We identified lack of RPT training among ROs as a major barrier in both our survey and the ASTRO Scope of Practice Survey. Historically, enthusiasm for RPT within RO has waxed and waned. In 2003, ASTRO developed the Systemic Targeted Radionuclide Therapy initiative, aimed to stimulate clinical interest and research in RPT. Initial research efforts were funded in conjunction with the National Cancer Institute to investigate the molecular aspects of isolating and developing radiolabeled targeted monoclonal antibodies and receptor peptides; however, this project ultimately failed and was discontinued in 2007 owing to lack of interest.
      • Wong RSL
      • Brechbiel MW.
      National Cancer Institute perspectives.
      ,
      • Wallner PE.
      Systemic radionuclide therapy: What's old is new again!.
      ASTRO has recently begun offering “master classes” specific to RPT training at the 2019 to 2021 annual meetings to allow members to expand their practices.
      Your guide to the ASTRO 2020 annual meeting.
      These classes include introduction to RPTs, basics of physics, and in-depth practical training for multiple RPTs. In addition, the Accreditation Counsel for Graduate Medical Education RO residency committee increased the minimum case requirement of RPTs/unsealed sources from 6 to 8 procedures, effective July 2020.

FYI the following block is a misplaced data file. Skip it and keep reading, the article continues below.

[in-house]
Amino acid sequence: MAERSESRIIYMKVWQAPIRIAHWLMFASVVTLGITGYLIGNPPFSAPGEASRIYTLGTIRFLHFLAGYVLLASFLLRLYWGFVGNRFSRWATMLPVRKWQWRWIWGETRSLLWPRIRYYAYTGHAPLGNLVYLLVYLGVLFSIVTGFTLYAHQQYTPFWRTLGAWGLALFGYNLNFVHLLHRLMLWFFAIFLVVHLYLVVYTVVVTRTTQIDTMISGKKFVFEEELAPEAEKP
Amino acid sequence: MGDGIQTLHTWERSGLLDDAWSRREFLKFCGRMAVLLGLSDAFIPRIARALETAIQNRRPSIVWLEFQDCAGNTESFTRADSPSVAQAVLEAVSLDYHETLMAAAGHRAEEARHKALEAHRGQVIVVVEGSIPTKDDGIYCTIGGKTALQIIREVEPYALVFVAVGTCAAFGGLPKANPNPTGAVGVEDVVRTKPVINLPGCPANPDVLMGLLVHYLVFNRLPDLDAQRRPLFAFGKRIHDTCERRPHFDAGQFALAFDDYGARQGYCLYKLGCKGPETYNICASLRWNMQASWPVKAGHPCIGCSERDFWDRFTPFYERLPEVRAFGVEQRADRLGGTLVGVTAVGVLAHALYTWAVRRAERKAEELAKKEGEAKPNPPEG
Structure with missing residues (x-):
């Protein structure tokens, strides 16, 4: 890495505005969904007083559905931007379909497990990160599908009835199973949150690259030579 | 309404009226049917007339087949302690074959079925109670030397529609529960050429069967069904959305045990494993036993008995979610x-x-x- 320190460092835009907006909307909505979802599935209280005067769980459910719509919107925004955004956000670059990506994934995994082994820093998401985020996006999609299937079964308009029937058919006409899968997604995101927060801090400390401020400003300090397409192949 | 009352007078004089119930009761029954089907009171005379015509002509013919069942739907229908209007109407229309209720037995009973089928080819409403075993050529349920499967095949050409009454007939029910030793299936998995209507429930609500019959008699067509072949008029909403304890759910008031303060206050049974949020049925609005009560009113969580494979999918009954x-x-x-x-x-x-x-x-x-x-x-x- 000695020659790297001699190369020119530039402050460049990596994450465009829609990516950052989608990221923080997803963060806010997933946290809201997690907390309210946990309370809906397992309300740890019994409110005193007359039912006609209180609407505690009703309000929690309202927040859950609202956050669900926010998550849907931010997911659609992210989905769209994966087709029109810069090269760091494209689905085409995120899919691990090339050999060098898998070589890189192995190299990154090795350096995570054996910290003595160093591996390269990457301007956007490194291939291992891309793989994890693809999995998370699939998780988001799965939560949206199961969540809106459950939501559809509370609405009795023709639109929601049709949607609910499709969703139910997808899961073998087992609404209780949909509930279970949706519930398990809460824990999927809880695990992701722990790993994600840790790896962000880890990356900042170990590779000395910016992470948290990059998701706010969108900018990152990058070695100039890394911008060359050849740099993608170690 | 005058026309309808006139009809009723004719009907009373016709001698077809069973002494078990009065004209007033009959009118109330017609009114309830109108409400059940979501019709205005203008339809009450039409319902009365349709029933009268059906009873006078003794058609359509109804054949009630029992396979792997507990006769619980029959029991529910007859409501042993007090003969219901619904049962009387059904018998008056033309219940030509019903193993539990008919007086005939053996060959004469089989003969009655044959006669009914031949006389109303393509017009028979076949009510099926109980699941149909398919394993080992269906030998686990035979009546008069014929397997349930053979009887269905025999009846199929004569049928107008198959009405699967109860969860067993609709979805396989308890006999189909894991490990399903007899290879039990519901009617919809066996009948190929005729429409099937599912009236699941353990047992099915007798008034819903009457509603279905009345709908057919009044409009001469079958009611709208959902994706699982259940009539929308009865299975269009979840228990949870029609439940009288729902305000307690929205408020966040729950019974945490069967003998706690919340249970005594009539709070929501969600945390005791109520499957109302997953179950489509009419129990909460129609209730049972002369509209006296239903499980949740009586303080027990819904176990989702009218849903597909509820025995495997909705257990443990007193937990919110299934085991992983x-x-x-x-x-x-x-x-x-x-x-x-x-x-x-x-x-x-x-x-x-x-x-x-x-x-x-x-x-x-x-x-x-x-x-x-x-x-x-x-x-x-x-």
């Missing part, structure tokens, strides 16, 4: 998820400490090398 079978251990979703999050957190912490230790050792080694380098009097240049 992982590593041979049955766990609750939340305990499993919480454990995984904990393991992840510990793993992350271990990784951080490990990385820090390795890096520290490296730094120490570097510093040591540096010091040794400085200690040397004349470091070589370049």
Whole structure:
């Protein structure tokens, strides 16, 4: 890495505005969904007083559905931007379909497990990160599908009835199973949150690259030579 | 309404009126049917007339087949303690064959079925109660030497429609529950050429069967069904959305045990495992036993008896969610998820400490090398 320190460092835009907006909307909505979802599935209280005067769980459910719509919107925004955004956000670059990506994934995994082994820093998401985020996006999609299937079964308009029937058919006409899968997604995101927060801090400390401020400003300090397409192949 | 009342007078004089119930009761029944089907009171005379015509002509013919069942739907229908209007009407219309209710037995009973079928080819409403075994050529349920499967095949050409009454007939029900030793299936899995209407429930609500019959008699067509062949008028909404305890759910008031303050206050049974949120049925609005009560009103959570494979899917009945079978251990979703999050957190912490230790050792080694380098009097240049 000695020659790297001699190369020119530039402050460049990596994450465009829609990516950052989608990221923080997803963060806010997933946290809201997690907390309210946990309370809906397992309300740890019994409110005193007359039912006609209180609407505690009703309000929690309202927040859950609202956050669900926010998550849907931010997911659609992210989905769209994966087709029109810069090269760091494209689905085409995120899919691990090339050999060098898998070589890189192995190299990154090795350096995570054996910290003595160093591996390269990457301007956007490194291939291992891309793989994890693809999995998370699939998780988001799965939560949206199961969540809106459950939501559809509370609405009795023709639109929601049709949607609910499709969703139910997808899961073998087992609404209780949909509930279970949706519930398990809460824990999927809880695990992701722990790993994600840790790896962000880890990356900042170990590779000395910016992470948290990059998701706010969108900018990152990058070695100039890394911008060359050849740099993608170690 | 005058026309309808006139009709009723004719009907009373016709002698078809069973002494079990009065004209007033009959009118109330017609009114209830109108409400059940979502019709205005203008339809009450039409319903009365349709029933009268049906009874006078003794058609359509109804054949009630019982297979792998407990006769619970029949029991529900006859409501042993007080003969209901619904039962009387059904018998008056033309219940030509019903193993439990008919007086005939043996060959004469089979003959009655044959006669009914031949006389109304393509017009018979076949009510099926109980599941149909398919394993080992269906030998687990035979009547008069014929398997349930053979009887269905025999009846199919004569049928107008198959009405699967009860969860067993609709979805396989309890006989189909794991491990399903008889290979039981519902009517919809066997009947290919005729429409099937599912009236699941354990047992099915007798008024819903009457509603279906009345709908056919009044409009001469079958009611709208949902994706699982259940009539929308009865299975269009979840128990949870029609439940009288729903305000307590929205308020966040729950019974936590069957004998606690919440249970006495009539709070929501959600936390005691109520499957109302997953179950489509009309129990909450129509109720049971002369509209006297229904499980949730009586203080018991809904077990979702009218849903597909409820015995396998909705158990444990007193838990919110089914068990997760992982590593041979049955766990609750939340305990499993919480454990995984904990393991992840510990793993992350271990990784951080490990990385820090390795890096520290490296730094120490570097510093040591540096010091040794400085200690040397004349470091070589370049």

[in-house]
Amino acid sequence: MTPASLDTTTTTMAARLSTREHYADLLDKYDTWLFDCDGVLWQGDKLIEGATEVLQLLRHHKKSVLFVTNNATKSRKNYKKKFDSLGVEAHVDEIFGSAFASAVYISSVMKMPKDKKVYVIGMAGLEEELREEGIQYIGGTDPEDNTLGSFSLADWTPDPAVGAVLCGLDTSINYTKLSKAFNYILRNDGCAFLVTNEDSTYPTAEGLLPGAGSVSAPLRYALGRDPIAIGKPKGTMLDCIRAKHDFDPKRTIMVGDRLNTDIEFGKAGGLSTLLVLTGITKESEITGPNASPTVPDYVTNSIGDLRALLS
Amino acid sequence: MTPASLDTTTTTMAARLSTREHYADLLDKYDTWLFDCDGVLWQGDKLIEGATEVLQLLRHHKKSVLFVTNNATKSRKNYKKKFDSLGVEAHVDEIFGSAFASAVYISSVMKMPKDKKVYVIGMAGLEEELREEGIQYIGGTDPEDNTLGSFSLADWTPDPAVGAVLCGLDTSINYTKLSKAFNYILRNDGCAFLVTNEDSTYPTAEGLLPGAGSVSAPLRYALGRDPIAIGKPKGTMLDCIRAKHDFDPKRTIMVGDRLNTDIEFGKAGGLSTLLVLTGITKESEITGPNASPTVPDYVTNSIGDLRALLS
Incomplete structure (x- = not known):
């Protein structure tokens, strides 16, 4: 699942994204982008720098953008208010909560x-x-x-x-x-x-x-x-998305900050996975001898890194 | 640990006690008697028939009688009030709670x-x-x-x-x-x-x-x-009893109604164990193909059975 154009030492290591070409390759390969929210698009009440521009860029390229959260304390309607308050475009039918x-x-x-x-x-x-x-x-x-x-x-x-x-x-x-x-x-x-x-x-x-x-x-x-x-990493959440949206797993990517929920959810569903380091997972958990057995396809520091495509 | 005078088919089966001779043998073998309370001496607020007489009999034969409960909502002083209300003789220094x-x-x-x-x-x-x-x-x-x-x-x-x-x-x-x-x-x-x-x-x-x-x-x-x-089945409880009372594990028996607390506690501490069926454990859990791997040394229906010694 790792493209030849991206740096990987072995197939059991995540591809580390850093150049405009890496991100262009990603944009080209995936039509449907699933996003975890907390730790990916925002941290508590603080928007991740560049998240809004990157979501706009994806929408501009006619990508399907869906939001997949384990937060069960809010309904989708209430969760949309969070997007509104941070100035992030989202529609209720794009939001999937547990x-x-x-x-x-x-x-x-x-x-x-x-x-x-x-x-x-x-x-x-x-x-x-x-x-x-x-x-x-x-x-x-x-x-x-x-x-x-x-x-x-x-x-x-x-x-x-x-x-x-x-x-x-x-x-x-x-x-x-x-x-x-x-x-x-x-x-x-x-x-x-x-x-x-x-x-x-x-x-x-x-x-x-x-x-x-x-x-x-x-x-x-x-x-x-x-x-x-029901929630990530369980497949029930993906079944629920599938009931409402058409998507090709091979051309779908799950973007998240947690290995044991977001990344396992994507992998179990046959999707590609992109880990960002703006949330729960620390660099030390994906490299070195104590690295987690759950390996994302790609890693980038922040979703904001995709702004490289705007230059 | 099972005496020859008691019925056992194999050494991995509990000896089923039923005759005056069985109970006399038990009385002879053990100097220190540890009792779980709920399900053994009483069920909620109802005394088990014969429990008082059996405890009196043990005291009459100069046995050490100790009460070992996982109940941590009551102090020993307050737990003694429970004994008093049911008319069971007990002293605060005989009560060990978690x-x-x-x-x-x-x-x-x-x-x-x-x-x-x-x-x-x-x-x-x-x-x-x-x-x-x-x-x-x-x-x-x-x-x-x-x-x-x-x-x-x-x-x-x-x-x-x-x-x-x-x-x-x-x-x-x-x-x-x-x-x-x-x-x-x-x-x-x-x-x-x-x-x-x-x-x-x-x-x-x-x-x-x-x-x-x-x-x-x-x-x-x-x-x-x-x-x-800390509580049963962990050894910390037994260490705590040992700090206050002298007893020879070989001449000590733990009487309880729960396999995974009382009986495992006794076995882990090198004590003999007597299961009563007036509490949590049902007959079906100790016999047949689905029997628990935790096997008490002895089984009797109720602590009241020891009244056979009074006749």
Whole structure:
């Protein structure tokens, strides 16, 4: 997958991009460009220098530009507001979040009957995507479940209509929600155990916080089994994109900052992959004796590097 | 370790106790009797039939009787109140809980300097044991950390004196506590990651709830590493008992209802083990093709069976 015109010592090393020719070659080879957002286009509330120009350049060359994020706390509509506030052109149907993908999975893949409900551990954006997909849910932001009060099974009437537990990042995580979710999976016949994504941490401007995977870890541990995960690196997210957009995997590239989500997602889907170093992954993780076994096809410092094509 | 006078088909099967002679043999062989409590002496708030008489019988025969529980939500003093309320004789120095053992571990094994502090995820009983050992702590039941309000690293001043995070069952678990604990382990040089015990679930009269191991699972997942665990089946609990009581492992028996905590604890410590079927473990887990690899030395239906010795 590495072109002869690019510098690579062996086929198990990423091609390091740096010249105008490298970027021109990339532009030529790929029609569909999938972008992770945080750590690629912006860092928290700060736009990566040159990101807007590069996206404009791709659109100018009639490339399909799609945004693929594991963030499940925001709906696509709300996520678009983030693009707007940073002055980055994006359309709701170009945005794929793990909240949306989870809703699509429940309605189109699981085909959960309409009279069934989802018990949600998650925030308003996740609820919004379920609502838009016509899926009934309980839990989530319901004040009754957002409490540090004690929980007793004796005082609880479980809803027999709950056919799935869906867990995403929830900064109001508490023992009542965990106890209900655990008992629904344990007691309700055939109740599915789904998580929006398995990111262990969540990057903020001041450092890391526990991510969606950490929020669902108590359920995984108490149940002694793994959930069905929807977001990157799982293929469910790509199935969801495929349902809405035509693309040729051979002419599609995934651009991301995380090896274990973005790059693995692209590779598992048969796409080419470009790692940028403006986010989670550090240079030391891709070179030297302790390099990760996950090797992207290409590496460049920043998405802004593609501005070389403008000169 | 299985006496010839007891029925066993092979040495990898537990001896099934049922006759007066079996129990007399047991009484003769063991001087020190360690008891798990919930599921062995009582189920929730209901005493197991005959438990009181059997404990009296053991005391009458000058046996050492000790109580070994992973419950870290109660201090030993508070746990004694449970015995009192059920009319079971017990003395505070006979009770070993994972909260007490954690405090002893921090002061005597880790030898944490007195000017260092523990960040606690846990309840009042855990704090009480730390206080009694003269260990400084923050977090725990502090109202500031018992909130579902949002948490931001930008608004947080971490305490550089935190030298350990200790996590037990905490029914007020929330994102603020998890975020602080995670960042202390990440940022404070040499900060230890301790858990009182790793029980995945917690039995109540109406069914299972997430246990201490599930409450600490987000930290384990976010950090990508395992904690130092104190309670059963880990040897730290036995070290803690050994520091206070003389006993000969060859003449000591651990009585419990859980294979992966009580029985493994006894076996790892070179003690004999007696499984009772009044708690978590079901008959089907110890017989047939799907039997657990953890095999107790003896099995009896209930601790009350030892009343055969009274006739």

American College of Graduate Medical Education. ACGME program requirements for graduate medical education in radiation oncology. Available at: https://www.acgme.org/Portals/0/PFAssets/ProgramRequirements/430_RadiationOncology_2020.pdf. Accessed June 1, 2021.

      Although this is a good first step, it is imperative to ensure that RO residents are not simply observers fulfilling case requirements, but rather active participants in the RPT process from consultation to follow-up. Without adequate training of all radiation-related therapeutic modalities, patients will be lacking potentially life-prolonging therapies
      • Sartor O
      • de Bono J
      • Chi KN
      • et al.
      Lutetium-177–PSMA-617 for metastatic castration-resistant prostate cancer.
      • Parker C
      • Nilsson S
      • Heinrich D
      • et al.
      Alpha emitter radium-223 and survival in metastatic prostate cancer.